Addressing Anxiety

Trigger warning: This article could be triggering for people dealing with anxiety. 

I never planned on bringing her home or making her stay. I wouldn’t deny that she wasn’t there, but had never thought that she’d find herself a comfortable corner to reside and grow in. I called out for help – to help me move her out – but I guess she found comfort in me, and I in her.

I don’t remember when she decided to make space for herself. She was so tiny when she came – sitting in a corner, propped, with sudden jumps to grab my attention. She did grab my attention, when I was laughing uncontrollably or when I used to go to bed, or in the most unusual happy times. A little tap on the shoulder or just her curling up next to me comforted her. And I was there, accepting her presence.

In a few days, she grew, in size and capacity; she was not limited to a corner or shut in the cupboard, she now sat in my room, waiting for me to come back. She grew selfish with time; she couldn’t make peace with the fact that I had other things in my life that needed attention. Soon, my walk became slower than her chase. I didn’t have the energy to run, and she understood this. She held my hand and walked with me, never letting me go.

She is almost two years old now, and growing each and every day. She definitely understands everything going on around her. She responds weirdly to love, care, relationships, friendships, food, sleep, phone calls, workspace etc; basically, day-to-day activities. She definitely gets excited at the mention of these activities, and wants to be included. Earlier, I was successful in keeping her out, but now, as she’s growing, she’s overpowering everything related to me.

She is HUGE. And she knows her way around me. She knows when I am in a meeting or surrounded by my loved ones. She knows when I am in deep sleep or just dancing around the house. She knows her place, which is right next to me, holding me.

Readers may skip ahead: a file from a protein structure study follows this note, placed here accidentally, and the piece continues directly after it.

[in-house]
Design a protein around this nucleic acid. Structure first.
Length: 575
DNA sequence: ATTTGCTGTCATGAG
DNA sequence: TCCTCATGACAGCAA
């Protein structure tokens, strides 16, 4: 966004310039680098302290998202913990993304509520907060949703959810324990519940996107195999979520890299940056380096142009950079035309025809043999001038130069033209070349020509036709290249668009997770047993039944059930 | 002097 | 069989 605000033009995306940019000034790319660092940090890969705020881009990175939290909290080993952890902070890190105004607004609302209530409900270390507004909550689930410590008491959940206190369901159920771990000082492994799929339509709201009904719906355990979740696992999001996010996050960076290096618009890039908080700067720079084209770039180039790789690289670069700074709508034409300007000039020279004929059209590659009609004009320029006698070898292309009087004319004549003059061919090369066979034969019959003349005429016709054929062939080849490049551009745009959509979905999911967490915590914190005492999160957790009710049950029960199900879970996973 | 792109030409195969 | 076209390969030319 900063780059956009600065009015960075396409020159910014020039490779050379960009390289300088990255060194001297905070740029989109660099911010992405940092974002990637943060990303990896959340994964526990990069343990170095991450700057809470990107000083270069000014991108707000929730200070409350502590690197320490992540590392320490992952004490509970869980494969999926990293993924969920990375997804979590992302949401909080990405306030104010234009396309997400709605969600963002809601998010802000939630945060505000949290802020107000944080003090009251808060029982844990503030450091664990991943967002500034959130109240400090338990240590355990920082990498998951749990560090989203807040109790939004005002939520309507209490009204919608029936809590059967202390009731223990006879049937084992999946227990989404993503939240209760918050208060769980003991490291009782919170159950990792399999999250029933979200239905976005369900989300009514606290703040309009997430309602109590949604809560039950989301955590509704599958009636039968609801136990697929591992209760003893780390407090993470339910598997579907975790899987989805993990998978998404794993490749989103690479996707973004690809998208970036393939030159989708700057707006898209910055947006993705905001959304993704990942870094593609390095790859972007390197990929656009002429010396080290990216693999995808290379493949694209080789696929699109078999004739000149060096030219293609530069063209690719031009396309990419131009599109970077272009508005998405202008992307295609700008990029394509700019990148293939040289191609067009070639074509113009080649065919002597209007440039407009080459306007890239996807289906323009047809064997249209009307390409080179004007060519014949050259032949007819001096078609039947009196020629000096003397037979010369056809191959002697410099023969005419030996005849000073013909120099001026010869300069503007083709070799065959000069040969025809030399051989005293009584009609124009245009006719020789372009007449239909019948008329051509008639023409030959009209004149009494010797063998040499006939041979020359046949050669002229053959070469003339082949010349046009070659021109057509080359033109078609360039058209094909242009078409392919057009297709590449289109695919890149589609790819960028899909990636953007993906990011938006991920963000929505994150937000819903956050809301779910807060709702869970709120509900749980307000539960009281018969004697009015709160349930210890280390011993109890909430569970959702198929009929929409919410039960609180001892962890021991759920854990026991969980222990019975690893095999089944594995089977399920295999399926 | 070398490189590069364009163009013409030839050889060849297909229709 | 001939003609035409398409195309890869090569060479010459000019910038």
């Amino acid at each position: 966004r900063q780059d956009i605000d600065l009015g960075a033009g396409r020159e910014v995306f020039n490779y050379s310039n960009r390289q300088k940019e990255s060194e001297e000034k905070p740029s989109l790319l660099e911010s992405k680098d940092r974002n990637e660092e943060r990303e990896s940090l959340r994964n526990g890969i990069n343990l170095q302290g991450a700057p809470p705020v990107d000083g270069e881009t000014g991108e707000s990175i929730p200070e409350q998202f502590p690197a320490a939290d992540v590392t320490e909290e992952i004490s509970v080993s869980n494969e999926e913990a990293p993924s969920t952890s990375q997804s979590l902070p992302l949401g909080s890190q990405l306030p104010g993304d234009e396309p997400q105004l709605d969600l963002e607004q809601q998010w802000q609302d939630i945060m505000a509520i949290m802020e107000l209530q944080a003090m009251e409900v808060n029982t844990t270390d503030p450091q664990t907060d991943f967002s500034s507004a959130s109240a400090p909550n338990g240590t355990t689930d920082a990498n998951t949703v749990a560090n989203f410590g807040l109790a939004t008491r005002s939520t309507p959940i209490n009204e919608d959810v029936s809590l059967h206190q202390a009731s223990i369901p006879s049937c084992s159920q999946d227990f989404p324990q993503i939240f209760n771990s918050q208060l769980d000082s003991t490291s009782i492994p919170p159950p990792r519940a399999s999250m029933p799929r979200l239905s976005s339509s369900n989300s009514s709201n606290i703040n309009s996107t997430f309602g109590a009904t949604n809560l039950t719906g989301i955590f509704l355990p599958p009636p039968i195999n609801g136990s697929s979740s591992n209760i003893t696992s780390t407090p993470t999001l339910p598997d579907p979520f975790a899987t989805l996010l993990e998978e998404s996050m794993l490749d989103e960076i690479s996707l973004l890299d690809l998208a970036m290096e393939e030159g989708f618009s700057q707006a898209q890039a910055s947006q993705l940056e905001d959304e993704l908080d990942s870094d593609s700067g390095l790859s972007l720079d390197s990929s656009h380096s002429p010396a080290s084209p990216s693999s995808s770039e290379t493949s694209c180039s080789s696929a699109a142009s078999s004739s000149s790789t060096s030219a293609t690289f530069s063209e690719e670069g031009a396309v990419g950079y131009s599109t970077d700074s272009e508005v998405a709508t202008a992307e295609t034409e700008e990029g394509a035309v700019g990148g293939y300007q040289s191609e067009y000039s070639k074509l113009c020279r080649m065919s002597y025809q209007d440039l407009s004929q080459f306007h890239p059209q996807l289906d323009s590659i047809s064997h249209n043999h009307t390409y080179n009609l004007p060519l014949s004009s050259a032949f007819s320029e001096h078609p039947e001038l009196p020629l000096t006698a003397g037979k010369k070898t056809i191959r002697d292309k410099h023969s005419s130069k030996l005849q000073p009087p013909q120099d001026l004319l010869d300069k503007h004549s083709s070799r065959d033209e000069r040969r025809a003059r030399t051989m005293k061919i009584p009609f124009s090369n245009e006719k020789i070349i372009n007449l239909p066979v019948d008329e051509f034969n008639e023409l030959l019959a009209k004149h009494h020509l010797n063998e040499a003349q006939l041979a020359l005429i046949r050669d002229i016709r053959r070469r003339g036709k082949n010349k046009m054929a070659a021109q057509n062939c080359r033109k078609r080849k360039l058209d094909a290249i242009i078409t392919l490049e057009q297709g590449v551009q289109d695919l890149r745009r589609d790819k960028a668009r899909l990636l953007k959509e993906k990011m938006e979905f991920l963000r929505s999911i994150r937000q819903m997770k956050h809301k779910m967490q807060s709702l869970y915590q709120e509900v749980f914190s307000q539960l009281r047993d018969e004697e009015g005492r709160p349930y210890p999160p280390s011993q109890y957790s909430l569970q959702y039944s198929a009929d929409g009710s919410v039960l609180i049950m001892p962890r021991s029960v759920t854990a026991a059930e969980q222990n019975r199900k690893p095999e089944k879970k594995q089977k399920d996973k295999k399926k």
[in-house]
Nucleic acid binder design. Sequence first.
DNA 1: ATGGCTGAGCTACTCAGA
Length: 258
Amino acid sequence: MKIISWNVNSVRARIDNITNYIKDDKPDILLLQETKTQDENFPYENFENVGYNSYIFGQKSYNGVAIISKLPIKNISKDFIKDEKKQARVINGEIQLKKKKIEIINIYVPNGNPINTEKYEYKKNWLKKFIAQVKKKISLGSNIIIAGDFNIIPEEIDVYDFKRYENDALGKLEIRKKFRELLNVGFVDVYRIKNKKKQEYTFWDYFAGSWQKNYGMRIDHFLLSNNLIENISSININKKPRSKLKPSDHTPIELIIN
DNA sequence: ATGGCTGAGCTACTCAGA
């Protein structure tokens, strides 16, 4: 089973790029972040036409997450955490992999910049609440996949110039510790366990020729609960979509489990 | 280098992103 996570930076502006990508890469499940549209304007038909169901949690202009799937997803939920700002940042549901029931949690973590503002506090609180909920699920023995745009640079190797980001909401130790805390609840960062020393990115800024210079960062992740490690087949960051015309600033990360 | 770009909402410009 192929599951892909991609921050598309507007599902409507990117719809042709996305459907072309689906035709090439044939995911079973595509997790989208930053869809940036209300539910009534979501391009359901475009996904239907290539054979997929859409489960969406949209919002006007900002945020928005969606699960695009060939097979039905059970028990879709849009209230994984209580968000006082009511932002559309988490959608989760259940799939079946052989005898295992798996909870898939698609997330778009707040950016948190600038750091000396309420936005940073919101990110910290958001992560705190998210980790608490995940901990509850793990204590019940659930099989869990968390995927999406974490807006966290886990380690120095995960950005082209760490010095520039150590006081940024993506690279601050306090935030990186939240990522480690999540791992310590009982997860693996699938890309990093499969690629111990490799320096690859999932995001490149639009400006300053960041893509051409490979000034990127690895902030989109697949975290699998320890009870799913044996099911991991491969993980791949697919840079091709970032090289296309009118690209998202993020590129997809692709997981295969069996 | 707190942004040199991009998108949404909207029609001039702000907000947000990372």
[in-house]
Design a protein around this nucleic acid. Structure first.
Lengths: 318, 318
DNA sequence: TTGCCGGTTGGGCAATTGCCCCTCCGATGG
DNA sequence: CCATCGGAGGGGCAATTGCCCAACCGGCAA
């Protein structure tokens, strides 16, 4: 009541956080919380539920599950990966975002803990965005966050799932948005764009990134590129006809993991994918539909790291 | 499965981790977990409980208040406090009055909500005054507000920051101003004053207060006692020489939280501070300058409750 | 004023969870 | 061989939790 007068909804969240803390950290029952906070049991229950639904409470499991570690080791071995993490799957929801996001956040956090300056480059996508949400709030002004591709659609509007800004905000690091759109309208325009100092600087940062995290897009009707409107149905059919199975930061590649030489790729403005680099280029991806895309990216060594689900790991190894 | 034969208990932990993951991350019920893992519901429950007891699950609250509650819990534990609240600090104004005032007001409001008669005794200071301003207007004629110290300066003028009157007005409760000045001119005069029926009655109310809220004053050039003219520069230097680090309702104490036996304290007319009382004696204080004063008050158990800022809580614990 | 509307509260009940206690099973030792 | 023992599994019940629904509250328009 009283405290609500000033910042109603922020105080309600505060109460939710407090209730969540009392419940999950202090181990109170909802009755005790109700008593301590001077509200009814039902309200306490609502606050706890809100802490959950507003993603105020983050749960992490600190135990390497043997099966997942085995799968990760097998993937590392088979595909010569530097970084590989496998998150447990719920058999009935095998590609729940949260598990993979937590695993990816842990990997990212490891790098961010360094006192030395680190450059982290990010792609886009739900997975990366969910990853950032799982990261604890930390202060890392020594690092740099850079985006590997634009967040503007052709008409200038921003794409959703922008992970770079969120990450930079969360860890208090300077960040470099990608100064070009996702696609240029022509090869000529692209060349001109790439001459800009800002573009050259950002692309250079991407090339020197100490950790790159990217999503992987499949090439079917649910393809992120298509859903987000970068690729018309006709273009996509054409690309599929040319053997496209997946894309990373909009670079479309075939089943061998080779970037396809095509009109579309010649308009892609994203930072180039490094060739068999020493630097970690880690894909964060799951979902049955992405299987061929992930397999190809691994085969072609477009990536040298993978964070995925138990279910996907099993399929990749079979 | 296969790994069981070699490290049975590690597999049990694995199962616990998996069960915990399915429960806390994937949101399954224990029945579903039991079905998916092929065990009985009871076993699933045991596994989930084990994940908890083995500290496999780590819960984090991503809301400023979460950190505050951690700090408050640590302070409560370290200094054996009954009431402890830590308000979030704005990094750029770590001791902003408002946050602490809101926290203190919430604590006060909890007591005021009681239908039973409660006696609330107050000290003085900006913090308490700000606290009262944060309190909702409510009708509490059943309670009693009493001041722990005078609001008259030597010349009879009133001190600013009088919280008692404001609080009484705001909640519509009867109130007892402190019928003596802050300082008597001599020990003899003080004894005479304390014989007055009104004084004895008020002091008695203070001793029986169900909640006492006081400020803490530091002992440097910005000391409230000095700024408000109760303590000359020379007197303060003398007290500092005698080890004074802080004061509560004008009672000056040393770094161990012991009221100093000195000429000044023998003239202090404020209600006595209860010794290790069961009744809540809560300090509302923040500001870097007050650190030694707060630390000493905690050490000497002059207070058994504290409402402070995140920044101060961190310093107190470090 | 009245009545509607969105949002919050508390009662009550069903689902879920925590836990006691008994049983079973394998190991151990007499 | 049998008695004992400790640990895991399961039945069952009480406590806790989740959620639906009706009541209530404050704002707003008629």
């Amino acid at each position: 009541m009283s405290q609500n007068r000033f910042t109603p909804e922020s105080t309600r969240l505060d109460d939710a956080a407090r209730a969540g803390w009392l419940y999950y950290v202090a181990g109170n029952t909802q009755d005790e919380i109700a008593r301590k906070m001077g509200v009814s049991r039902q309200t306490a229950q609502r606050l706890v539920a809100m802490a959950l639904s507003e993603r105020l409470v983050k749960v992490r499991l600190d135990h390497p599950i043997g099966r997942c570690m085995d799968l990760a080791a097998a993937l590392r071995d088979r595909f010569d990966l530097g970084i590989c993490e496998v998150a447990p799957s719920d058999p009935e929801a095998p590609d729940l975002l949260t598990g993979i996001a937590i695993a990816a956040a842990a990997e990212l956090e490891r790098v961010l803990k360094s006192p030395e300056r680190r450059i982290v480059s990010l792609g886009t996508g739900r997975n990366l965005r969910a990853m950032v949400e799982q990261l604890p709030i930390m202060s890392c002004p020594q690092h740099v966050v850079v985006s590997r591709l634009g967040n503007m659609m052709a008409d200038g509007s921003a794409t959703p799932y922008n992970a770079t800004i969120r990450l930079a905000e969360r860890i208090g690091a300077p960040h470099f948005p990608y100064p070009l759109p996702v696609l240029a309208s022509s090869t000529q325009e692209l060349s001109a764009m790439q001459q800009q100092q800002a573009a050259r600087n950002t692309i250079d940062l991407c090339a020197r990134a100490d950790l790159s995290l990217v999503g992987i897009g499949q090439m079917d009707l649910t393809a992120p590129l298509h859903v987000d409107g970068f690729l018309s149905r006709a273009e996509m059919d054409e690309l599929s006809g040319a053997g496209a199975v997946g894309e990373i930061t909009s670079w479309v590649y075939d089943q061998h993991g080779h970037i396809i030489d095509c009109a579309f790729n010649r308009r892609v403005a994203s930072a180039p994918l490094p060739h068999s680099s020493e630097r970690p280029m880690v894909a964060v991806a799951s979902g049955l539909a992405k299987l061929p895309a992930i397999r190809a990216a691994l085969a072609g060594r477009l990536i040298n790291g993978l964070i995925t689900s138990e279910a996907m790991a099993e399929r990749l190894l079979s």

I’ve tried talking to her, she is not a very patient listener. Extremely judgemental and not calm at all. She has been sleeping with me for quite some time, and every time I wake up with a jolt or in shock, she takes responsibility for it. She takes full-fledged responsibility for my panic attacks and lack of trust and self-doubt and episodes of crying. She fights with me, pulls me down whenever I try to get up, hugs me, and now is a part of me.

She doesn’t talk, she does things. She doesn’t let me sleep. She doesn’t let me work.  Constant nudging and pushing and shoving; when I fall down and find it difficult to get up, she is there. Smiling at me, and then settling on the ground next to me. She gives me this reassurance that staying on the ground is what I deserve and that I should remember it. If, by mistake, I come out of it, she comes in full force and pulls me down with her. Then we stay on the ground, for days, hugging each other. With her, comforting me, caressing my hair and giving back rubs. I confide in her, hug her back, believing that she’ll protect me from everything, even if it means keeping me away from everybody and just the two of us living together.

I still haven’t made peace with her. Her comfort feels suffocating, her hugs feel a bit tighter around my chest. She clenches my wrist and pulls me to herself whenever I try moving away. It sounds scary, and it’s even scarier when it actually happens. The tears, the lost motivation, the inability to get out of bed, the panic attacks – all of it are the result of the effect that she has on me.

However, over the past few months, I have seen her losing. I’ve seen myself getting up from the ground and reaching out while she just lies there, still. She extends her hand towards me, to help her get up and pull me back to herself. But I have seen her failing. I have seen her become weak and helpless. I wouldn’t say that she has lost her power entirely, but she definitely is shrinking. I don’t find her on my bed now or in the bathroom when I shower. She’s shrinking into her corner. She still waits for me to come back, and tries her best to pull me down with her. But it doesn’t work anymore. She has lost that effect.

Writing this is also a part of acknowledging the effect that she has on me and also the fact that she’s losing. I am glad that I am losing her. Soon, she won’t be there anymore or maybe I’ll become indifferent to her being there. I can’t wait for that day, when I leave her behind in that pit of self-doubt and just climb up and never come back. I’ll accept her as being a part of me, but only a temporary one. She is definitely important – too important for me to just let go and move on.

Baby steps, but I am doing it.

Gargi Yadav is a development communication practitioner from Rajasthan. She identifies as an asexual woman.

Featured image credit: Pariplab Chakraborty